All Eve Woodfin wanted for Christmas was $80,000 to save the early childhood program which opened recently in Tarrytown. She didn't get her wish so now it's down to making resolutions for 2012. "I have six months," she said.
The director of is both desperate and hopeful that she will win enough funding to keep the already popular center open by the June cut-off date given by its operating organization The Guidance Center.
One year ago, the Center took over the decades-old Parents Place and subsequently moved them from White Plains to their new location in Tarrytown. In White Plains, they had been renting a space from a church that they could only use for two hours a day -- the same rate they found here for a space that is theirs to use all day.
The program has grown into their new digs on Central Avenue, adding a Family Fun Day for parents with autistic children, and offering birthday party packages (of which they've already booked two). But as of next week, they will be cutting a day off their daily programming in the hopes they can do something different on Thursdays that might generate more funding.
There's no shortage of patrons, who pay $8 per family to come play, snack, sing and craft for two hours each morning. "We have 140 parents registered. Our numbers are great, but the money we get from parents does not by any means support the program," Woodfin said.
The money that really runs the place comes from grants (the United Way is a big sponsor), state funding, and private donors, all of which they could use more of. "We need help," Woodfin said.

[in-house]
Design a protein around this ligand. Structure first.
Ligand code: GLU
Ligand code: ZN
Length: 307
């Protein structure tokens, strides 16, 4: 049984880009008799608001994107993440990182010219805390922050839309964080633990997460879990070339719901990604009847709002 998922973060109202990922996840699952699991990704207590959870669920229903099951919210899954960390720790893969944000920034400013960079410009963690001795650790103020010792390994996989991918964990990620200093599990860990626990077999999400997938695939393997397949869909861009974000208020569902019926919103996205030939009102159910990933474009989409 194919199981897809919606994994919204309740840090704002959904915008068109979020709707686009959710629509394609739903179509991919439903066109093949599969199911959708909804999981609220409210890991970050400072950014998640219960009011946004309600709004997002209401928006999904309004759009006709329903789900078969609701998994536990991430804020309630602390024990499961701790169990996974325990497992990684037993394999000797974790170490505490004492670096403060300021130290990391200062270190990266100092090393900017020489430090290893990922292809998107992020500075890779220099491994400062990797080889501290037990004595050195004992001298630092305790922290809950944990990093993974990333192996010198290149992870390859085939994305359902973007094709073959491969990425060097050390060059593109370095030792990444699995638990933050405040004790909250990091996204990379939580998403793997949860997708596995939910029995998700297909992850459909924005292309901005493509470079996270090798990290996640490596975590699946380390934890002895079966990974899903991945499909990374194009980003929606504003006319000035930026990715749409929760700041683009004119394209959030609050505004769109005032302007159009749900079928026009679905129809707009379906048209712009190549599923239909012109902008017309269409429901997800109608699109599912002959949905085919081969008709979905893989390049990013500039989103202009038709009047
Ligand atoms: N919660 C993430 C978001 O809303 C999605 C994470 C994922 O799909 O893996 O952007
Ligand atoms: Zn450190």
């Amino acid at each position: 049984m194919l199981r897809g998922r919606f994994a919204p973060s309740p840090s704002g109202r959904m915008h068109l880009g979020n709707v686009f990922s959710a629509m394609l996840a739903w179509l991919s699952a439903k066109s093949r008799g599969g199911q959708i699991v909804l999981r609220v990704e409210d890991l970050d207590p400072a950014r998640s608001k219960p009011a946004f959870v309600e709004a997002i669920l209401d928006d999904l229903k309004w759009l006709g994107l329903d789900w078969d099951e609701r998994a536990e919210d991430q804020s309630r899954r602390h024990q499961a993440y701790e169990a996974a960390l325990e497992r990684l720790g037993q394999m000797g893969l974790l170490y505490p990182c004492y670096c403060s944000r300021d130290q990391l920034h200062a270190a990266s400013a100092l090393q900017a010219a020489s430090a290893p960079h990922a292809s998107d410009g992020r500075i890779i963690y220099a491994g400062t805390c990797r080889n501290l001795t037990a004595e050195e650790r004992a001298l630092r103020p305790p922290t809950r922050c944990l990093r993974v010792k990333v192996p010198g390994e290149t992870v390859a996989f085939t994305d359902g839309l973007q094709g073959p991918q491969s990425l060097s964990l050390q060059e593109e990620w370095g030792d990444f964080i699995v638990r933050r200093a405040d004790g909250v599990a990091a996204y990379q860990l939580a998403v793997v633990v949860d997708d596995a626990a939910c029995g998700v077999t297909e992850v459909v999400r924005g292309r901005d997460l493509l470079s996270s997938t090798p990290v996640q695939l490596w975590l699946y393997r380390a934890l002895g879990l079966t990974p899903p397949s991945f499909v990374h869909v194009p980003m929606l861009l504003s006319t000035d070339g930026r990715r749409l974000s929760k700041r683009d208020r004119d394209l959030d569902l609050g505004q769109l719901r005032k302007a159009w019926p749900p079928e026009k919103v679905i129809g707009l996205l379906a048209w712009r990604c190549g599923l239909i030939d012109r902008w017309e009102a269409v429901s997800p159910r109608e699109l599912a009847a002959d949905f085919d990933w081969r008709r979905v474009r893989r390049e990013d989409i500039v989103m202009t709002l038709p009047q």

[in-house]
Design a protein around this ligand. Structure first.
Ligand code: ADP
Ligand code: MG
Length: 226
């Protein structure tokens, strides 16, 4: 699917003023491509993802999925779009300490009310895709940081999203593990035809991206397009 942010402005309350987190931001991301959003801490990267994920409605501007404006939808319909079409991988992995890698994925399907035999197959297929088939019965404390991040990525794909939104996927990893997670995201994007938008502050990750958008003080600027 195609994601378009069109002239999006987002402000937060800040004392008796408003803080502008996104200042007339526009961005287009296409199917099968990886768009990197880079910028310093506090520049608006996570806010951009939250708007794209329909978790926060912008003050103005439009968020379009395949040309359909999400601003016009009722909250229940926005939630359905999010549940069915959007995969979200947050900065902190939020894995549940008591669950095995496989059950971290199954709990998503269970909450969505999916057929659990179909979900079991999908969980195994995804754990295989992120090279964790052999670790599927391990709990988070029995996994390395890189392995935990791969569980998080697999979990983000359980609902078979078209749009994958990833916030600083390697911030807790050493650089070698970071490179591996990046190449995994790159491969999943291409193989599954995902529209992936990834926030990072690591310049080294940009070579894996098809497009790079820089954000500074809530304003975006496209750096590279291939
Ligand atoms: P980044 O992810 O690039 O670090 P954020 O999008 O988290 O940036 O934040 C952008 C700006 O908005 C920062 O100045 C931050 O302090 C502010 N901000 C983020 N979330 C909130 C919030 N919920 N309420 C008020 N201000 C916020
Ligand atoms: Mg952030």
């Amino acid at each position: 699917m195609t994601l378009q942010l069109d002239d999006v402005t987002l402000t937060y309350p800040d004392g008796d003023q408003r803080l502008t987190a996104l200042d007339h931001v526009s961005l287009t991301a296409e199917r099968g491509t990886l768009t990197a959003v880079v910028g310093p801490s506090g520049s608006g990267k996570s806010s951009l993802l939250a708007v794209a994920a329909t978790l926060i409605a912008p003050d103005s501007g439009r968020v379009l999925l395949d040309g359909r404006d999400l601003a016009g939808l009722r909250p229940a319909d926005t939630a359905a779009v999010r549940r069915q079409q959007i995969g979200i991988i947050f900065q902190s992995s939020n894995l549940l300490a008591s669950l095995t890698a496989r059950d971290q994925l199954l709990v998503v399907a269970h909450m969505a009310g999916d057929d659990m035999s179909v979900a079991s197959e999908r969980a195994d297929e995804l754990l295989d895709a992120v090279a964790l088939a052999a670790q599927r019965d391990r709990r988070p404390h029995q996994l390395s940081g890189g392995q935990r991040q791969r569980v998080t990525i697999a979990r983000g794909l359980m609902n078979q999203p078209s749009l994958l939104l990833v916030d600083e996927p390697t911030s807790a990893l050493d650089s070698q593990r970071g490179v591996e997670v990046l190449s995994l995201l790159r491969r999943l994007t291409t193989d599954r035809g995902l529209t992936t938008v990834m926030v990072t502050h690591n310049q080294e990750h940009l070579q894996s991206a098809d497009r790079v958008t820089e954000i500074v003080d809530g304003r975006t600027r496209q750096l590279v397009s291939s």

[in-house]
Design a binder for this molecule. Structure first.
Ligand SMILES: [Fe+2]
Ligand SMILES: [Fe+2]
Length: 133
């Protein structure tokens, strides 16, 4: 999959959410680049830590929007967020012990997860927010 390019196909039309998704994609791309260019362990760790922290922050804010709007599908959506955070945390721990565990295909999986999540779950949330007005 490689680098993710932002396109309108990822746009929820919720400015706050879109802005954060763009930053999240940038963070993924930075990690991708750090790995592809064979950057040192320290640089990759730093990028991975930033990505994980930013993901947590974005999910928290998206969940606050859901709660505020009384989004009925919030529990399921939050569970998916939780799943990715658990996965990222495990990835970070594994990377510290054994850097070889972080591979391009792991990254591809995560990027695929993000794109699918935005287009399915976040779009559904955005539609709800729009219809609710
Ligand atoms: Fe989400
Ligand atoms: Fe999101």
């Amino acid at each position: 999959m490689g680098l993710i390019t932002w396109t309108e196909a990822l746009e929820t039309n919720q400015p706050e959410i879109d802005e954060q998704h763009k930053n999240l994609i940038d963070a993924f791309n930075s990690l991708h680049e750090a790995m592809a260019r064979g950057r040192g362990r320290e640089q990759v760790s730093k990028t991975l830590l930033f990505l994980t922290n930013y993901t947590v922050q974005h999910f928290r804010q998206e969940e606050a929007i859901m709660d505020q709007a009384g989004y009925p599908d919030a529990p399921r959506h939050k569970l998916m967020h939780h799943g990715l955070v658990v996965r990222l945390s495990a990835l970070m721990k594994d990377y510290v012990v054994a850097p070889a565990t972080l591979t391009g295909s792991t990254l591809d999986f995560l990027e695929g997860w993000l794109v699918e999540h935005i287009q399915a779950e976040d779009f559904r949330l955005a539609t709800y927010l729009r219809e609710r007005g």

It took a year to get the program Early Intervention-certified and by then it was too late in the state budgeting process to win the funding they had anticipated for the services they offer to children with special needs. Now the window of time the Center afforded them to generate enough dollars is running out.
Woodfin is planning a benefit brunch in March, date to be determined, for $50 per person at the venue. She hopes to accrue some "big ticket" items to raffle off like…a car, or at least something coveted like an iPod. She urges anybody in the community with something special to donate for the raffle to please contact her.
Woodfin wanted to stress that though Parents Place is equipped to help students with special needs, all are welcome. Her vision of attracting all types of families has come to fruition, as evidenced by the diverse crowd of all income levels, many races enjoying this cheerful space. "It's like the United Nations in here," she said, adding, "To close the program would be devastating."
For more information, contact Parents Place at (914) 631-2513 or Director Eve Woodfin via email at firstname.lastname@example.org. Or follow this link to their website.